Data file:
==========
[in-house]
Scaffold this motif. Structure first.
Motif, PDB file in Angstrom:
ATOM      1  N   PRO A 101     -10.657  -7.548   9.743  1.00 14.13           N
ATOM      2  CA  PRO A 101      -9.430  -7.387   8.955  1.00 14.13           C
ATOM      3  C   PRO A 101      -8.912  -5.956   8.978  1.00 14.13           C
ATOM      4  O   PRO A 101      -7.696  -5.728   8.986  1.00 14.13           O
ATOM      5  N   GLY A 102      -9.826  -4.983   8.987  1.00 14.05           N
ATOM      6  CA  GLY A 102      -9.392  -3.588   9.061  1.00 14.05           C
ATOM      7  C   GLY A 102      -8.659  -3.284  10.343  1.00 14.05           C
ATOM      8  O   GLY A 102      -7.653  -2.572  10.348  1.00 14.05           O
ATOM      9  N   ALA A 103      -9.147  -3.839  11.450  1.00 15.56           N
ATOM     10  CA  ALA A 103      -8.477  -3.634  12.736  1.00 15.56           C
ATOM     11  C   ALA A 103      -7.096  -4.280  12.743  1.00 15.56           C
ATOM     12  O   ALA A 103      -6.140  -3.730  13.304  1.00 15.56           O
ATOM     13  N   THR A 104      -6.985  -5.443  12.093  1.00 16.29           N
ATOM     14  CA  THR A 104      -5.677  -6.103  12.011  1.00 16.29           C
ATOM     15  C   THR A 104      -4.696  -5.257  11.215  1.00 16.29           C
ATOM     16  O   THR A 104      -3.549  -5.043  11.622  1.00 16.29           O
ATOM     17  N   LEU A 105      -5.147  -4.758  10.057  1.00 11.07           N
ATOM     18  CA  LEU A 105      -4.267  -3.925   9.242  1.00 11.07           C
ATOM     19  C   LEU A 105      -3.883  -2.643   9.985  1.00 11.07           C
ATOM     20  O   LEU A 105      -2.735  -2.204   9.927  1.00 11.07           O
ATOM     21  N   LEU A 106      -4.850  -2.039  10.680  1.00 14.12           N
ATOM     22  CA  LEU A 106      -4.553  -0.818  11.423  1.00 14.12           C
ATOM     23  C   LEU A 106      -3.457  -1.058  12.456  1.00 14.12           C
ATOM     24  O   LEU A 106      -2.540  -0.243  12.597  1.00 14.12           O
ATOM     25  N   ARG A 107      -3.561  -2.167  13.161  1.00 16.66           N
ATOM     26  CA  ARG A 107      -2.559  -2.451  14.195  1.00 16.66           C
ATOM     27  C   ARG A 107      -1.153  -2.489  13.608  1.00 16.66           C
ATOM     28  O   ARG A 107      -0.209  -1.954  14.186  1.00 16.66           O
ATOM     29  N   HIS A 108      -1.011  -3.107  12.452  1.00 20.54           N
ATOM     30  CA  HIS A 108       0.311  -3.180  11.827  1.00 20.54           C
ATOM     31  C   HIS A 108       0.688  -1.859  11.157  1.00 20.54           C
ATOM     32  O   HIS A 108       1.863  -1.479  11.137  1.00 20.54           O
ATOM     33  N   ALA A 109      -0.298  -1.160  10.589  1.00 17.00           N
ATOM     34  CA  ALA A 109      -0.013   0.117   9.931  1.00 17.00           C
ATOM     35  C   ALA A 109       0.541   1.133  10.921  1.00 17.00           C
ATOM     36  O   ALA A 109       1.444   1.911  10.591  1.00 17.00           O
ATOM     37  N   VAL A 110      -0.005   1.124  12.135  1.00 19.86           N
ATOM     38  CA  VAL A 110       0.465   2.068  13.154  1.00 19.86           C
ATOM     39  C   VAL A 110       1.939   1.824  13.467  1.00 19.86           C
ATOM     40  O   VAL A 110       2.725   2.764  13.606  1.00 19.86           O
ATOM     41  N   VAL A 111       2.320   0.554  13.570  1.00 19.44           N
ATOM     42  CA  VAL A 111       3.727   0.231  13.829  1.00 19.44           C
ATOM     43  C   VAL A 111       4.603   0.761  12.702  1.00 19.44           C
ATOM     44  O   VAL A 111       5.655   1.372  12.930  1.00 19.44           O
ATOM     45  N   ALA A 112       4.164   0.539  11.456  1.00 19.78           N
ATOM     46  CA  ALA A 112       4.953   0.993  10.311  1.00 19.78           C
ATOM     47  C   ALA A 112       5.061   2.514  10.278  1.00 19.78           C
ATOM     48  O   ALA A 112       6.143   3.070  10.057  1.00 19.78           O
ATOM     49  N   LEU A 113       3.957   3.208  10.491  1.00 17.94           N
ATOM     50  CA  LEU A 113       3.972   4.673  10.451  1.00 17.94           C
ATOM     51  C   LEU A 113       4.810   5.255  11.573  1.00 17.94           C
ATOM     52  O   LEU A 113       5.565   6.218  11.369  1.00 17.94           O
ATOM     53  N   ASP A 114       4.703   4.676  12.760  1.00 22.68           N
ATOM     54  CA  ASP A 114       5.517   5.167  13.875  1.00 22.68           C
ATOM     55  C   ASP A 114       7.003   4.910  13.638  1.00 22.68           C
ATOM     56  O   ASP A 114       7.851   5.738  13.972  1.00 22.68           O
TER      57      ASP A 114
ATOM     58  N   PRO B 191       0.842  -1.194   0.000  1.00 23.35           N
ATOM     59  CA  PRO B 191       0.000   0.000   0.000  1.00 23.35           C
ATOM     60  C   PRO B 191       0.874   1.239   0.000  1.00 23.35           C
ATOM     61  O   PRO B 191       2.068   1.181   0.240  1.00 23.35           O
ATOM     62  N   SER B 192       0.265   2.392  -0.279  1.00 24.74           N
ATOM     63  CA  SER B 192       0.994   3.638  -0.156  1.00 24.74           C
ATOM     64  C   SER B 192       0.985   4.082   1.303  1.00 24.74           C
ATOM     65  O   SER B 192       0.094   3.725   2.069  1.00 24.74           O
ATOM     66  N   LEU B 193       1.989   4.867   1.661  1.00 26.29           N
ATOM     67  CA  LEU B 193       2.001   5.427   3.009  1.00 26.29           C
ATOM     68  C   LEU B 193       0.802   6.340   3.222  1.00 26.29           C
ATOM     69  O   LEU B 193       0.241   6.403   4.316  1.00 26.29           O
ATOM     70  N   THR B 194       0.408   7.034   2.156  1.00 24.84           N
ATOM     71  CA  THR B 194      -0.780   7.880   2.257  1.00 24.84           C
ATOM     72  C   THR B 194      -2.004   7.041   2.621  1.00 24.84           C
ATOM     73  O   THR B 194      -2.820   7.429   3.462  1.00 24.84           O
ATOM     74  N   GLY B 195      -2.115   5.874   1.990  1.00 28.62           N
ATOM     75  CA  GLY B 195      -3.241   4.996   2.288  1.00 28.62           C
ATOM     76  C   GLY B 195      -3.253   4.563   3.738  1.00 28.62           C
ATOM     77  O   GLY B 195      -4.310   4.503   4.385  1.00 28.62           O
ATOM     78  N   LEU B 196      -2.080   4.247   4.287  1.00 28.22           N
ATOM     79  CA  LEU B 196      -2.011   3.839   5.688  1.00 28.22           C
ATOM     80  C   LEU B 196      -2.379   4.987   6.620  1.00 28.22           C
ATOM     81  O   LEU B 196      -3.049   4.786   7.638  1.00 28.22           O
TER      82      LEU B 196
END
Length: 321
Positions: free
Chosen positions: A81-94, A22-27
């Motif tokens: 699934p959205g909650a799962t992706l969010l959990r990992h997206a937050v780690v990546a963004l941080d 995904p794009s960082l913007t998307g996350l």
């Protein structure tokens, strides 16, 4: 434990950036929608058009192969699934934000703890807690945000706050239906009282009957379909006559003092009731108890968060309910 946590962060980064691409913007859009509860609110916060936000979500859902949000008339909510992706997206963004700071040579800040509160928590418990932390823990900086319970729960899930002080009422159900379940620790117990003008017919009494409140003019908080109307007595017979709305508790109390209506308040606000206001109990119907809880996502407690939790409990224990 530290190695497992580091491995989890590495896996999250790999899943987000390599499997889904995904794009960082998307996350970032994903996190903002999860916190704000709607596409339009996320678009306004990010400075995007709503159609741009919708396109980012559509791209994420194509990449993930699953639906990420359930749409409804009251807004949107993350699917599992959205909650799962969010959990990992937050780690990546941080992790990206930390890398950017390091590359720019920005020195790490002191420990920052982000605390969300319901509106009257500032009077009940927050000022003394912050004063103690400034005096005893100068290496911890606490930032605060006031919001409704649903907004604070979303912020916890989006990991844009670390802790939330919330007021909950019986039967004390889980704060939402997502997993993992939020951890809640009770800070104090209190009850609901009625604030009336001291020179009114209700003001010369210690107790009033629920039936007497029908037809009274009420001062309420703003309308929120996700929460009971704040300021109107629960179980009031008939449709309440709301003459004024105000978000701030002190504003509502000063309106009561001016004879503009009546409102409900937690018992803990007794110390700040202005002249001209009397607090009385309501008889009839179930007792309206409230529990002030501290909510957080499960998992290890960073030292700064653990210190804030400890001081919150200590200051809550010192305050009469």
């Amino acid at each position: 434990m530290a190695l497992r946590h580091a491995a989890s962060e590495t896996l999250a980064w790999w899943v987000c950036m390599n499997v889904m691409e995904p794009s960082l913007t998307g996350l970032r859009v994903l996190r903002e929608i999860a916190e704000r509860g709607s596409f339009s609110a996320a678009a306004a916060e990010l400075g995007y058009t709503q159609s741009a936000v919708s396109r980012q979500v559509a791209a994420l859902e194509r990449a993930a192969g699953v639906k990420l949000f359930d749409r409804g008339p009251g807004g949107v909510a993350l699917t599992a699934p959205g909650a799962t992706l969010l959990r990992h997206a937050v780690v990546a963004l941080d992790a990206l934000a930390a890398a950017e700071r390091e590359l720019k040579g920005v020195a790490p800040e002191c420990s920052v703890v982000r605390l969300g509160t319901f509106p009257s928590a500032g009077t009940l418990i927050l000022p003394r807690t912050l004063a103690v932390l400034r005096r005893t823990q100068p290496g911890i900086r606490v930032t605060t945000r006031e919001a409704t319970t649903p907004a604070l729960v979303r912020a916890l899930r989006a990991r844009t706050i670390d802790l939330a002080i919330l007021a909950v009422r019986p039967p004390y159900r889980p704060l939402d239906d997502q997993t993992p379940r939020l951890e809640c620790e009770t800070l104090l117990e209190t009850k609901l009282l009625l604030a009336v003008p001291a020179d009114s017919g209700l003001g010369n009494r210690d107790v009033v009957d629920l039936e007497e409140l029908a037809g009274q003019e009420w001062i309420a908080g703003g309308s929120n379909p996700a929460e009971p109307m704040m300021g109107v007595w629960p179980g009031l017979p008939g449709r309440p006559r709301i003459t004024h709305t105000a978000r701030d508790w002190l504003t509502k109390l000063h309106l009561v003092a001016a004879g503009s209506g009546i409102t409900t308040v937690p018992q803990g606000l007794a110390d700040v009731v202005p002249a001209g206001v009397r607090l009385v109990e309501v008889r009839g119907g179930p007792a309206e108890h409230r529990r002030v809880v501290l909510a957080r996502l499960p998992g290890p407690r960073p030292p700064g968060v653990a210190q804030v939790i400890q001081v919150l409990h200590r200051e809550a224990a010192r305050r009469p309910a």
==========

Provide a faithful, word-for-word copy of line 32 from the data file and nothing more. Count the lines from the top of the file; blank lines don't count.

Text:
ATOM     29  N   HIS A 108      -1.011  -3.107  12.452  1.00 20.54           N